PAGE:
While the meat and sauce are thickening, boil a pound of spaghetti, until it is hard al-dente. Remember that it will continue softening a bit after you stop cooking it. Strain the spag in a colander. Dump the meat-sauce into the spag pot. Then pour the spag back into the pot and stir it up.

Serve the spag using a ladle with teeth (spaghetti ladle).

Top it with shredded Pecorino Romano. Don't skimp. Pecorino makes ordinary food taste special.

If you do everything right, you'll end up with tasty browned meat, with a minimum of water, with good firm pasta, and first-rate cheese.

You might have a different favorite sauce, but try TJ's Organic Marinara first. I've tried lots of sauces, and so, so many of them seem to simply suck. Perhaps they don't, but I know that the above combination of factors results in a simple meal I can really enjoy.

Pretty unusual, for such an ordinary, often unpleasant dish.

Wednesday, October 01, 2008

The "Every Other Month" Deal

How many times has this happened to you?

You and a roommate or lover choose each to pay a monthly payment every other month. That is, you trade off payments. One month you pay, and the next month, your friend or lover pays.

And then, eventually, you break up, and you've forgotten who made the first payment, or whether an even or odd number of payments have been made.

With this kind of arrangement, you two are only "even" after every even payment. The 2nd, the 4th, the 6th, etc.

If an odd number of payments are actually made, then whoever makes the last payment is actually owed half of it by the other party. But who remembers? And, what about all the interest lost by the party who makes the odd payments, given the "even" party is effectively borrowing money from them half of the time?

You can avoid this, of course, by splitting all the payments in half such that both parties pay. But that means twice as many checks, or withdrawals, or transactions. The whole point is to avoid that.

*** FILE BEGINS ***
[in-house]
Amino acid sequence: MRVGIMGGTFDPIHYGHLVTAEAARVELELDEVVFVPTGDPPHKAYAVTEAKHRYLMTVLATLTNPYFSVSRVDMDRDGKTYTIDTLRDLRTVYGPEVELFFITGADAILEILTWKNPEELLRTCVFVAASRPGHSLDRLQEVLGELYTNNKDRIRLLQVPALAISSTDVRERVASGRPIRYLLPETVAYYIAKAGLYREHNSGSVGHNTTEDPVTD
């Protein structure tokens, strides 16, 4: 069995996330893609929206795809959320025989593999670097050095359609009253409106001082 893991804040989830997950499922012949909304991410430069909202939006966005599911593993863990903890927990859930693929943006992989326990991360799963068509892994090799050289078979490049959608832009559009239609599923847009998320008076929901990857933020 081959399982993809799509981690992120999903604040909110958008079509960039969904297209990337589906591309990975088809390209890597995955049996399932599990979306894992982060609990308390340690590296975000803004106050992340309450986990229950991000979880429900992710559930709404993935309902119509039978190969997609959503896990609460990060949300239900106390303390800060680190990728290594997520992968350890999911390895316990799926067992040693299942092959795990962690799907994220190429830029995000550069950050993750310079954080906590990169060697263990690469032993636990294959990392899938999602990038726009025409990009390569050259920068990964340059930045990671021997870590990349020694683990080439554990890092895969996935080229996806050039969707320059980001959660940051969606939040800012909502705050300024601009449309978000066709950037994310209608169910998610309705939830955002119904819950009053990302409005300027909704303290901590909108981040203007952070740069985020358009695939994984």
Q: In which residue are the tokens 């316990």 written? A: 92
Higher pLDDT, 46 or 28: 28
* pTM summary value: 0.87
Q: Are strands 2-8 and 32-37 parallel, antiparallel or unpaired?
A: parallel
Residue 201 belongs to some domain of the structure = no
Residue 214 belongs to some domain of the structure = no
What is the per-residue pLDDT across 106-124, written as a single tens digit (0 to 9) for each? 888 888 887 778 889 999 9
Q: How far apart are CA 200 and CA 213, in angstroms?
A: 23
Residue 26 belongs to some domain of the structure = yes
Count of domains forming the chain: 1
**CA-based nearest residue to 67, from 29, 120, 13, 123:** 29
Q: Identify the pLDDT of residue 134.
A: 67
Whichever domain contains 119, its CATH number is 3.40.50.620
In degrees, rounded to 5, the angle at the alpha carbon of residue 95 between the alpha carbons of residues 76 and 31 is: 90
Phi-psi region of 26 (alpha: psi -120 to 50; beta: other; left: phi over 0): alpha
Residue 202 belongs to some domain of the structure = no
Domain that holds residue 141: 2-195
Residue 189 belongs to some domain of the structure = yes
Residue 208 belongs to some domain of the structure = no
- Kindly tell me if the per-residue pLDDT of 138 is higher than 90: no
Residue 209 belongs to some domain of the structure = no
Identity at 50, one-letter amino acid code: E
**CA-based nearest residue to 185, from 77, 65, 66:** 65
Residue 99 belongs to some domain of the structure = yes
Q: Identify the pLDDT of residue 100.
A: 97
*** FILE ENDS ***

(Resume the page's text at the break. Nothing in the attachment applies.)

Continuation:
Consider this solution. Say the monthly payment is $100.

First party (odd party) pays the first payment, and is thereby owed $50 by the even party. But now, the even party pays $25 to the odd party.

So the party who made the last payment is owed a quarter payment to make things even.

Now, the second party (even party) pays the second payment. Since he's paying half of it for the sake of the odd party, he pays off his $25 debt, and effectively lends $25 to the odd party.

So, the invariant condition is that whoever made the last payment is owed 1/4 payment by the other party. To settle up, the other party just pays off this loan.

In summary: Whoever makes the first payment gets paid 1/4 payment by the other party, and whoever makes the last payment gets paid 1/4 payment by the other party.

And there's no need to remember who paid first. Just remember you are doing the "quarter payment" deal.

Wednesday, May 23, 2007

Sharing files politely and securely

In my last post, I recommended Filezilla FTP server on top of Hamachi as a means of making your files accessible to your friends.

Filezilla is, indeed, great. But if your friends are mere mortals and not ubergeeks, they will resist installing Hamachi and Filezilla. They will frown at you when you call them computer lightweights.

There is a much better (and free) solution for working with them: HFS and Stunnel.

The great thing about this solution is that it doesn't require your friends to install any software. It makes your files accessible to them by means of their web browser. This means it's easy to share your files with your Mac friends too.

Before we go any further, you might ask: what's wrong with using email to share files?

  1. Email isn't normally encrypted.
  2. Email requires an e-mailbox -- a server which accepts incoming email. You might not want your files to sit on a third party's server, and you might not want to clog up your friend's mailbox with them.

With HFS and stunnel, you get a direct, secure connection between machines, and it's also trivial for your friends to use. They don't need to learn any new software (you do, though).

There are two disadvantages to this method:

  1. Your machine must be on for them to get your files.
  2. If your upstream bandwidth is limited, then it will take them longer than they'd normally expect to download the files from you.